To make matters worse, instead of being frightened—instead of being so terrified of the future that we set fire to our hair and go running into the streets—we hear people (not plutocrats but regular working folks) mindlessly parroting these lame, half-baked macroeconomic overviews that not only excuse the naked greed that’s been set loose upon the land, but actually defend it.

When standards and expectations get lowered beyond a certain point, no good can come from it. Yet people glibly say that decent, full-time jobs are anachronisms, that we have to recalibrate, that we have to adjust to the New Economy, that the days where sons and daughters followed parents into well-paying union jobs in factories and mills are over, and that we now live in a “global economy.” Okay, fine. We’re all fucked. But where’s the outrage?

David Macaray, an LA playwright and author (“It’s Never Been Easy: Essays on Modern Labor”), was a former union rep.

David Macaray is a playwright and author. His newest book is “Nightshift: 270 Factory Stories.” He can be reached at

More articles by:

2016 Fund Drive
Smart. Fierce. Uncompromised. Support CounterPunch Now!

  • cp-store
  • donate paypal

CounterPunch Magazine


October 25, 2016
David Swanson
Halloween Is Coming, Vladimir Putin Isn’t
Hiroyuki Hamada
Fear Laundering: an Elaborate Psychological Diversion and Bid for Power
Priti Gulati Cox
President Obama: Before the Empire Falls, Free Leonard Peltier and Mumia Abu-Jamal
Kathy Deacon
Plus ça Change: Regime Change 1917-1920
Robin Goodman
Appetite for Destruction: America’s War Against Itself
Richard Moser
On Power, Privilege, and Passage: a Letter to My Nephew
Rev. William Alberts
The Epicenter of the Moral Universe is Our Common Humanity, Not Religion
Dan Bacher
Inspector General says Reclamation Wasted $32.2 Million on Klamath irrigators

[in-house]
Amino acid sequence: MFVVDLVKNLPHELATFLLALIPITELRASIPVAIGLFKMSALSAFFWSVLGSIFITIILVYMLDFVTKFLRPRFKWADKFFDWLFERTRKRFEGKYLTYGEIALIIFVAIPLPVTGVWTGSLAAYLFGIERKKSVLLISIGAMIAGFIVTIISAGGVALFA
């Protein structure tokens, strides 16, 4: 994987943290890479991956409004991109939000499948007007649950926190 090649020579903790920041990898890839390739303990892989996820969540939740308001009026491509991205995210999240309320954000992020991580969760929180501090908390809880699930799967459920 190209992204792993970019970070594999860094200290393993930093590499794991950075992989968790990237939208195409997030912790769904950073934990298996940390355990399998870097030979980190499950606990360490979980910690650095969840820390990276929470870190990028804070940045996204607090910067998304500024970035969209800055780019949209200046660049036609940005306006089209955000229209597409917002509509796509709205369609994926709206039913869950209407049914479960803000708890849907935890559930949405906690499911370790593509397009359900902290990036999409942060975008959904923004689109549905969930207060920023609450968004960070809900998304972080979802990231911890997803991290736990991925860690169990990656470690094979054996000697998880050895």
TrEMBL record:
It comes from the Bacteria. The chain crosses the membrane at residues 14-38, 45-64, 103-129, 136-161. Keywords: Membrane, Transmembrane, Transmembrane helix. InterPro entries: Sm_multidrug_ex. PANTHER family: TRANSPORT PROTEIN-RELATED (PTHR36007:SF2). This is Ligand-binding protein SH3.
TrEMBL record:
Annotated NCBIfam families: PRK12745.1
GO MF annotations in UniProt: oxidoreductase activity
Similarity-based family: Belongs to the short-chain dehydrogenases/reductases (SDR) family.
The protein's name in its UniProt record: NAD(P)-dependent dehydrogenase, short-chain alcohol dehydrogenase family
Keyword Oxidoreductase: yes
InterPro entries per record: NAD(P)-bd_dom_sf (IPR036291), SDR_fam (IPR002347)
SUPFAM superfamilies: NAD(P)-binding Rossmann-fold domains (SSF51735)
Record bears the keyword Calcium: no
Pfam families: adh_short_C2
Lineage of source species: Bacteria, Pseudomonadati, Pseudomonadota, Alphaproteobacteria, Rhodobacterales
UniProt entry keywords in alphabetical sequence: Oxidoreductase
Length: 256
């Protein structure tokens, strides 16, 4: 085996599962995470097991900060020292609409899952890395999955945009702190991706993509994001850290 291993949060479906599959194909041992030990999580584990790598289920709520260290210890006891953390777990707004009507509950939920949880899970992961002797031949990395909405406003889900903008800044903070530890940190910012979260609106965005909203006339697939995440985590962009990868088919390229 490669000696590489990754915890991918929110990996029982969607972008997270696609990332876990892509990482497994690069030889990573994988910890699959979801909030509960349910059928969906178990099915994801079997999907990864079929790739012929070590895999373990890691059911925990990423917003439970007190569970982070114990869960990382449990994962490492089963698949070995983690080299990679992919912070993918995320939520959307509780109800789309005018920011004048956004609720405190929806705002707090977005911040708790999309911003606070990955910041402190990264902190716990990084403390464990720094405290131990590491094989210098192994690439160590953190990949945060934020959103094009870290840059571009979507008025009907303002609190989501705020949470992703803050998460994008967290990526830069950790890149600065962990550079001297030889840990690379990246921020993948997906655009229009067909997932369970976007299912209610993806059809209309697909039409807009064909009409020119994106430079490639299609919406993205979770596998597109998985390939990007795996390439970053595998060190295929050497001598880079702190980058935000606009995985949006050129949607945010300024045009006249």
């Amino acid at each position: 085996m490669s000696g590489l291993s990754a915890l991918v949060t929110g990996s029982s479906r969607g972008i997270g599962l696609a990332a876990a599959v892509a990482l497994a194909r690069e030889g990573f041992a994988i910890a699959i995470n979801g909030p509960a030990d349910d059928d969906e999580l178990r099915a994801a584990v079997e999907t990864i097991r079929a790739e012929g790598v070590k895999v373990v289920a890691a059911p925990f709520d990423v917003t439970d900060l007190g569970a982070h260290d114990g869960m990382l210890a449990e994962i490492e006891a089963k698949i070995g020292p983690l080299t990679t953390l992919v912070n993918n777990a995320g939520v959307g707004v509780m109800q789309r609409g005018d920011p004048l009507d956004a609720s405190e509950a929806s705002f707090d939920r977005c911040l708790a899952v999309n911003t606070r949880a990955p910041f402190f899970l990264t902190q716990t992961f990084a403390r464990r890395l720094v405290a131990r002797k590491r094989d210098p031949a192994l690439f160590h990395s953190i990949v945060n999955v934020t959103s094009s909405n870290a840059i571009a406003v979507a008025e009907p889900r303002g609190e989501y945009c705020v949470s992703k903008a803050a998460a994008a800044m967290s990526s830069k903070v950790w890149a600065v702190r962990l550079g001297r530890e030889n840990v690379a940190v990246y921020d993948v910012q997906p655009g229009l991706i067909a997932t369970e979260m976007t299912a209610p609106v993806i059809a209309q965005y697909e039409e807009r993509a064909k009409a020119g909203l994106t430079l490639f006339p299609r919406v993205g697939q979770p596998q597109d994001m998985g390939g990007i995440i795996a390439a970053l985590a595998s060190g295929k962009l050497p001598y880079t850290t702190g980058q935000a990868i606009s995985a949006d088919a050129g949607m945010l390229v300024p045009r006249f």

David Mattson
A Recipe for Killing: the “Trust Us” Argument of State Grizzly Bear Managers
Derek Royden
The Tragedy in Yemen
Ralph Nader
Breaking Through Power: It’s Easier Than We Think
Norman Pollack
Centrist Fascism: Lurching Forward
Guillermo R. Gil
Cell to Cell Communication: On How to Become Governor of Puerto Rico
Mateo Pimentel
You, Me, and the Trolley Make Three
Cathy Breen
“Today Is One of the Heaviest Days of My Life”
October 24, 2016
John Steppling
The Unwoke: Sleepwalking into the Nightmare
Oscar Ortega
Clinton’s Troubling Silence on the Dakota Access Pipeline
Patrick Cockburn
Aleppo vs. Mosul: Media Biases
John Grant
Humanizing Our Militarized Border
Franklin Lamb
US-led Sanctions Targeting Syria Risk Adjudication as War Crimes
Paul Bentley
There Must Be Some Way Out of Here: the Silence of Dylan
Norman Pollack
Militarism: The Elephant in the Room
Patrick Bosold
Dakota Access Oil Pipeline: Invite CEO to Lunch, Go to Jail
Paul Craig Roberts
Was Russia’s Hesitation in Syria a Strategic Mistake?
David Swanson
Of All the Opinions I’ve Heard on Syria
Weekend Edition
October 21, 2016
Friday - Sunday
John Wight
Hillary Clinton and the Brutal Murder of Gaddafi
Diana Johnstone
Hillary Clinton’s Strategic Ambition in a Nutshell
Jeffrey St. Clair
Roaming Charges: Trump’s Naked and Hillary’s Dead
John W. Whitehead
American Psycho: Sex, Lies and Politics Add Up to a Terrifying Election Season
Stephen Cooper
Hell on Earth in Alabama: Inside Holman Prison
Patrick Cockburn
13 Years of War: Mosul’s Frightening and Uncertain Future
Rob Urie
Name the Dangerous Candidate
Pepe Escobar
The Aleppo / Mosul Riddle
David Rosen
The War on Drugs is a Racket
Sami Siegelbaum
Once More, the Value of the Humanities
Cathy Breen
“Today Is One of the Heaviest Days of My Life”
Neve Gordon
Israel’s Boycott Hypocrisy
Mark Hand
Of Pipelines and Protest Pens: When the Press Loses Its Shield
Victor Wallis
On the Stealing of U.S. Elections
Michael Hudson
The Return of the Repressed Critique of Rentiers: Veblen in the 21st century Rentier Capitalism
Brian Cloughley
Drumbeats of Anti-Russia Confrontation From Washington to London
Howard Lisnoff
Still Licking Our Wounds and Hoping for Change
Brian Gruber
Iraq: There Is No State
Peter Lee
Trump: We Wish the Problem Was Fascism
Stanley L. Cohen
Equality and Justice for All, It Seems, But Palestinians